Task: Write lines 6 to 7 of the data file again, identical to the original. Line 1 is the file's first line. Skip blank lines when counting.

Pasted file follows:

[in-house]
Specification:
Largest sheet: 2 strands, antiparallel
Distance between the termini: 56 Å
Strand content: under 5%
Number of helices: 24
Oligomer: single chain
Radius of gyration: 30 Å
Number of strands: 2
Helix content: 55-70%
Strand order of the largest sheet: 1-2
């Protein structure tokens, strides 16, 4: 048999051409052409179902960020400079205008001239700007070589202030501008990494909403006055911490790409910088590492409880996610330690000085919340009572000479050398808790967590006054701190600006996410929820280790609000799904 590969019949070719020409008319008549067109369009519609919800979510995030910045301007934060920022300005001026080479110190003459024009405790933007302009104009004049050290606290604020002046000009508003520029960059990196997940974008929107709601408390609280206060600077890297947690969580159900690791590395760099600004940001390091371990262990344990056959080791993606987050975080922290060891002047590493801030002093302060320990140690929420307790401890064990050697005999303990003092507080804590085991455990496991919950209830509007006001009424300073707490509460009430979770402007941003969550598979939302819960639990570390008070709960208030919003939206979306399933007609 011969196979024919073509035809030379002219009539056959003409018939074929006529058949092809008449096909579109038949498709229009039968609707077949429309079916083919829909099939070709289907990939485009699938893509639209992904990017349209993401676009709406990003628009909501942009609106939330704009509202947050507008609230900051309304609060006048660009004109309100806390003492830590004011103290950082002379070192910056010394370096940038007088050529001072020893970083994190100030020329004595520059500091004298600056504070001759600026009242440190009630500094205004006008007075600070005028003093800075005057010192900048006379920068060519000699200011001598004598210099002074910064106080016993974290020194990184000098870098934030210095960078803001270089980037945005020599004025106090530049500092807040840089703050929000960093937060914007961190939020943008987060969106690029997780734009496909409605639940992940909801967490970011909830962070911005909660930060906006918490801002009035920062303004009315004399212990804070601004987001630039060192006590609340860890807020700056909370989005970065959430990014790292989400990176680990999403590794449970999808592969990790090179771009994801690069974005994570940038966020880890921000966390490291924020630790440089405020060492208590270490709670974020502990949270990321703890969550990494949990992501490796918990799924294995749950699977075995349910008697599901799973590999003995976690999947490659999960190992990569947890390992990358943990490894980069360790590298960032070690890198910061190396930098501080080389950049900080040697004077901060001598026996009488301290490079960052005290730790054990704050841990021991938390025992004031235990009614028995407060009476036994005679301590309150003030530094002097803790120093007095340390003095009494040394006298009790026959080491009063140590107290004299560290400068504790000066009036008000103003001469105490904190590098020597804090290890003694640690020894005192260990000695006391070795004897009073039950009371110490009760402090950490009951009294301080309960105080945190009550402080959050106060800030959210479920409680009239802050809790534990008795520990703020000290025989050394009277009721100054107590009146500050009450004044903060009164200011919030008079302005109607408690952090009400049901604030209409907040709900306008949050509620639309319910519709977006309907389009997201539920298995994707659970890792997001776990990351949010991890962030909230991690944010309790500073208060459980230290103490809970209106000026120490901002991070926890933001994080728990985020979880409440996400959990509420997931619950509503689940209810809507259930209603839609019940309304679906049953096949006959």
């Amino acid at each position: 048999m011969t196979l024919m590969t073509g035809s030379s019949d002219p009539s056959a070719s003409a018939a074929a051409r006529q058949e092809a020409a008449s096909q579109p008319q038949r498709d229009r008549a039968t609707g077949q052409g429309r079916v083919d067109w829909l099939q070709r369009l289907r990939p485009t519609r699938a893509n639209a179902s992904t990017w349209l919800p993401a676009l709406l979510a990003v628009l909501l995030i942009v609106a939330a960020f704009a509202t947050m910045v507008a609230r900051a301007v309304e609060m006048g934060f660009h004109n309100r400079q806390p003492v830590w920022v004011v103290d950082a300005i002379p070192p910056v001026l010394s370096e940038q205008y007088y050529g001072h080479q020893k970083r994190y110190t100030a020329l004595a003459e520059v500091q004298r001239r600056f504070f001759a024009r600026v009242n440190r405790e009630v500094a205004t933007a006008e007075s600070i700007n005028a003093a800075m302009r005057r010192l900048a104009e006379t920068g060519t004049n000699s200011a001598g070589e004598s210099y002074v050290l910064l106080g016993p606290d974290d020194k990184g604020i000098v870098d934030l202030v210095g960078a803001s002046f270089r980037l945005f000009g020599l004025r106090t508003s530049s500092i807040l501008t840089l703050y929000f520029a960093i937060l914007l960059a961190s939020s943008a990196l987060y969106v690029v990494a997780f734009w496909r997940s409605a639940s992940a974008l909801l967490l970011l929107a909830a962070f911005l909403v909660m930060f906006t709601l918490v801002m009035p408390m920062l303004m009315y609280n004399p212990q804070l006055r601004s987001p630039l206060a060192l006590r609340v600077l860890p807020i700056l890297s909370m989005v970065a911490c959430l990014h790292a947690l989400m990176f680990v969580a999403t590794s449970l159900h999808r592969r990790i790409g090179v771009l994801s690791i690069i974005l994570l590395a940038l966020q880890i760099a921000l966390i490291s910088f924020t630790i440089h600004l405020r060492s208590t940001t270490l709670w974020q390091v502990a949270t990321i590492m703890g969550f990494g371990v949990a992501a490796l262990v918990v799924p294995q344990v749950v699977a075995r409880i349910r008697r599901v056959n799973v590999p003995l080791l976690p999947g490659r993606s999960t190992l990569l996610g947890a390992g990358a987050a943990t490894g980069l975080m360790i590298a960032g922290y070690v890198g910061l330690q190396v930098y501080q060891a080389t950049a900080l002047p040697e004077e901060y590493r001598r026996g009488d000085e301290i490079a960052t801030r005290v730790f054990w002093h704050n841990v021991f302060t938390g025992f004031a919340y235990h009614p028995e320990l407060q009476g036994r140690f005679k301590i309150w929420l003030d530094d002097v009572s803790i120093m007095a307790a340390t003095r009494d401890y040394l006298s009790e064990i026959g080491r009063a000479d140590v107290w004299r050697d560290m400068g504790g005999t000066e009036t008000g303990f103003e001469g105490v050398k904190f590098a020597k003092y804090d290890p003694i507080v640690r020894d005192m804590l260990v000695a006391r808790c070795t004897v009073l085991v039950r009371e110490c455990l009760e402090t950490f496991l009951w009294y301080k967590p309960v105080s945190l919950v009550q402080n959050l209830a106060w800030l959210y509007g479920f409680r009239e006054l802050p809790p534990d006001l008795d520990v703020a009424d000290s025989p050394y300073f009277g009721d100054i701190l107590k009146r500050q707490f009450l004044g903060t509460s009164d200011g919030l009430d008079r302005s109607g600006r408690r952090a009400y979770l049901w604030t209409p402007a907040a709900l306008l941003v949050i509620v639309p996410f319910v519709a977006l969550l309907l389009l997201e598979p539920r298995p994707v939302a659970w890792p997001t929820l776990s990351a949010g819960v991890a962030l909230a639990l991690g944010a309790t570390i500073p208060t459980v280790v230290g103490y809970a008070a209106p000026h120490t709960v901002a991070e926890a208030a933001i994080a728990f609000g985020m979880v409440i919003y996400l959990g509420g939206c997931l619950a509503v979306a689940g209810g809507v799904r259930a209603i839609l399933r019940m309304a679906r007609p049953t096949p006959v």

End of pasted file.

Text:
Number of helices: 24
Oligomer: single chain